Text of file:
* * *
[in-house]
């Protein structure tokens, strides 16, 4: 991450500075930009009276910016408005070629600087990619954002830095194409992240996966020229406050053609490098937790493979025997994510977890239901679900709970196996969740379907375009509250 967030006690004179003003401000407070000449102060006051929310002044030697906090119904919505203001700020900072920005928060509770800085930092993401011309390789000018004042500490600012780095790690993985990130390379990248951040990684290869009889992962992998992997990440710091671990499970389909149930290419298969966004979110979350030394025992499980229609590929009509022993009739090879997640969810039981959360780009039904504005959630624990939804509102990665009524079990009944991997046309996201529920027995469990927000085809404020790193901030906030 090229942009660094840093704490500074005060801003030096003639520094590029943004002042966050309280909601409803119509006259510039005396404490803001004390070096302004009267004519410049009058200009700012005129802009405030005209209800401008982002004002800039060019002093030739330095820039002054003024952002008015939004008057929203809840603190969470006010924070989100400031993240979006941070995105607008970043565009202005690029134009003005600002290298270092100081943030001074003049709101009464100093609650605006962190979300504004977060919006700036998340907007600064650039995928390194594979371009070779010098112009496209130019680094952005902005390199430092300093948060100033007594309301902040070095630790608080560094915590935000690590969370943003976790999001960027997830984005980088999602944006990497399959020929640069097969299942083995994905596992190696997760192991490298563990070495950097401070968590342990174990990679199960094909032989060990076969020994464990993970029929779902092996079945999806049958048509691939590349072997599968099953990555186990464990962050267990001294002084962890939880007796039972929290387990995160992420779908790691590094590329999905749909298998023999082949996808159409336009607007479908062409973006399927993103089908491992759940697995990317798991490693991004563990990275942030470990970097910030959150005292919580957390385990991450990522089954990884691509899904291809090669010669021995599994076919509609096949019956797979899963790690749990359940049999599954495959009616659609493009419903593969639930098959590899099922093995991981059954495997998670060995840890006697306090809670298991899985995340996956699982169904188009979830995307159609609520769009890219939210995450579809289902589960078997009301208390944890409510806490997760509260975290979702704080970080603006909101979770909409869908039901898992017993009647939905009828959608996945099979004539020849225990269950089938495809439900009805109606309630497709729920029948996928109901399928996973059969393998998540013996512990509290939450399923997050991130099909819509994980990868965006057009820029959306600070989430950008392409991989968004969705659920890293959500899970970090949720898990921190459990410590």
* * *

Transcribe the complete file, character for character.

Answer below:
[in-house]
């Protein structure tokens, strides 16, 4: 991450500075930009009276910016408005070629600087990619954002830095194409992240996966020229406050053609490098937790493979025997994510977890239901679900709970196996969740379907375009509250 967030006690004179003003401000407070000449102060006051929310002044030697906090119904919505203001700020900072920005928060509770800085930092993401011309390789000018004042500490600012780095790690993985990130390379990248951040990684290869009889992962992998992997990440710091671990499970389909149930290419298969966004979110979350030394025992499980229609590929009509022993009739090879997640969810039981959360780009039904504005959630624990939804509102990665009524079990009944991997046309996201529920027995469990927000085809404020790193901030906030 090229942009660094840093704490500074005060801003030096003639520094590029943004002042966050309280909601409803119509006259510039005396404490803001004390070096302004009267004519410049009058200009700012005129802009405030005209209800401008982002004002800039060019002093030739330095820039002054003024952002008015939004008057929203809840603190969470006010924070989100400031993240979006941070995105607008970043565009202005690029134009003005600002290298270092100081943030001074003049709101009464100093609650605006962190979300504004977060919006700036998340907007600064650039995928390194594979371009070779010098112009496209130019680094952005902005390199430092300093948060100033007594309301902040070095630790608080560094915590935000690590969370943003976790999001960027997830984005980088999602944006990497399959020929640069097969299942083995994905596992190696997760192991490298563990070495950097401070968590342990174990990679199960094909032989060990076969020994464990993970029929779902092996079945999806049958048509691939590349072997599968099953990555186990464990962050267990001294002084962890939880007796039972929290387990995160992420779908790691590094590329999905749909298998023999082949996808159409336009607007479908062409973006399927993103089908491992759940697995990317798991490693991004563990990275942030470990970097910030959150005292919580957390385990991450990522089954990884691509899904291809090669010669021995599994076919509609096949019956797979899963790690749990359940049999599954495959009616659609493009419903593969639930098959590899099922093995991981059954495997998670060995840890006697306090809670298991899985995340996956699982169904188009979830995307159609609520769009890219939210995450579809289902589960078997009301208390944890409510806490997760509260975290979702704080970080603006909101979770909409869908039901898992017993009647939905009828959608996945099979004539020849225990269950089938495809439900009805109606309630497709729920029948996928109901399928996973059969393998998540013996512990509290939450399923997050991130099909819509994980990868965006057009820029959306600070989430950008392409991989968004969705659920890293959500899970970090949720898990921190459990410590």